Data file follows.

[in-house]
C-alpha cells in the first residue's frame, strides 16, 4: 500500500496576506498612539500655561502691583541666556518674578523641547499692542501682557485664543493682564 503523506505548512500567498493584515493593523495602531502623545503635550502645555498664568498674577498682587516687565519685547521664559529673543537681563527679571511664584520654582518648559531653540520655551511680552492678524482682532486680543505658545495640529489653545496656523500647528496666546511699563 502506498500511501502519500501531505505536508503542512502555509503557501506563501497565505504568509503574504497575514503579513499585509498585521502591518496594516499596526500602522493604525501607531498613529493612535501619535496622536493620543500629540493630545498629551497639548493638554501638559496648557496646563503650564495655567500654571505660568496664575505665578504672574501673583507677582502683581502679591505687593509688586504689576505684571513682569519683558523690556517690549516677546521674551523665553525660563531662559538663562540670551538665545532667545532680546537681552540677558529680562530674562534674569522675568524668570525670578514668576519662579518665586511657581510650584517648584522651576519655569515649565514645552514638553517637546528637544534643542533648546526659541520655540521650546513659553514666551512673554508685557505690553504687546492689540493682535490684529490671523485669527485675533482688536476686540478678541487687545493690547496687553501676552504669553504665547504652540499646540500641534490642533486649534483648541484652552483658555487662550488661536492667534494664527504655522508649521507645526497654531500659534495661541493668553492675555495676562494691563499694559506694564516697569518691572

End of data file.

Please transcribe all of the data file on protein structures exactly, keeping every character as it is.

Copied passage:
[in-house]
C-alpha cells in the first residue's frame, strides 16, 4: 500500500496576506498612539500655561502691583541666556518674578523641547499692542501682557485664543493682564 503523506505548512500567498493584515493593523495602531502623545503635550502645555498664568498674577498682587516687565519685547521664559529673543537681563527679571511664584520654582518648559531653540520655551511680552492678524482682532486680543505658545495640529489653545496656523500647528496666546511699563 502506498500511501502519500501531505505536508503542512502555509503557501506563501497565505504568509503574504497575514503579513499585509498585521502591518496594516499596526500602522493604525501607531498613529493612535501619535496622536493620543500629540493630545498629551497639548493638554501638559496648557496646563503650564495655567500654571505660568496664575505665578504672574501673583507677582502683581502679591505687593509688586504689576505684571513682569519683558523690556517690549516677546521674551523665553525660563531662559538663562540670551538665545532667545532680546537681552540677558529680562530674562534674569522675568524668570525670578514668576519662579518665586511657581510650584517648584522651576519655569515649565514645552514638553517637546528637544534643542533648546526659541520655540521650546513659553514666551512673554508685557505690553504687546492689540493682535490684529490671523485669527485675533482688536476686540478678541487687545493690547496687553501676552504669553504665547504652540499646540500641534490642533486649534483648541484652552483658555487662550488661536492667534494664527504655522508649521507645526497654531500659534495661541493668553492675555495676562494691563499694559506694564516697569518691572